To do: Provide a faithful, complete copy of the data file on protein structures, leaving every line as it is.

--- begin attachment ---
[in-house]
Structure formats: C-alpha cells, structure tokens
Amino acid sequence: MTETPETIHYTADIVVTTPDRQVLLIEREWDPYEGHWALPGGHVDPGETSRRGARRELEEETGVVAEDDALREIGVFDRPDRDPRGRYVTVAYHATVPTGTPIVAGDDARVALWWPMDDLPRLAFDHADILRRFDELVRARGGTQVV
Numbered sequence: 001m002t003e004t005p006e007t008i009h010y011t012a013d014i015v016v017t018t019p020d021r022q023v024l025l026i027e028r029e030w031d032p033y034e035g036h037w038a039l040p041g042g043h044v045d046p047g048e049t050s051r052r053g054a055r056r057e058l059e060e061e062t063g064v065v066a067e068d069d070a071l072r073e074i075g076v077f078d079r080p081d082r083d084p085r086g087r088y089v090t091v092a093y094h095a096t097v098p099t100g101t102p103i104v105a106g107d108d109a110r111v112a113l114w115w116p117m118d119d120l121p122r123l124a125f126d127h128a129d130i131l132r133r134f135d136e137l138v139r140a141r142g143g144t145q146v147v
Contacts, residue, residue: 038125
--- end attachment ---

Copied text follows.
[in-house]
Structure formats: C-alpha cells, structure tokens
Amino acid sequence: MTETPETIHYTADIVVTTPDRQVLLIEREWDPYEGHWALPGGHVDPGETSRRGARRELEEETGVVAEDDALREIGVFDRPDRDPRGRYVTVAYHATVPTGTPIVAGDDARVALWWPMDDLPRLAFDHADILRRFDELVRARGGTQVV
Numbered sequence: 001m002t003e004t005p006e007t008i009h010y011t012a013d014i015v016v017t018t019p020d021r022q023v024l025l026i027e028r029e030w031d032p033y034e035g036h037w038a039l040p041g042g043h044v045d046p047g048e049t050s051r052r053g054a055r056r057e058l059e060e061e062t063g064v065v066a067e068d069d070a071l072r073e074i075g076v077f078d079r080p081d082r083d084p085r086g087r088y089v090t091v092a093y094h095a096t097v098p099t100g101t102p103i104v105a106g107d108d109a110r111v112a113l114w115w116p117m118d119d120l121p122r123l124a125f126d127h128a129d130i131l132r133r134f135d136e137l138v139r140a141r142g143g144t145q146v147v
Contacts, residue, residue: 038125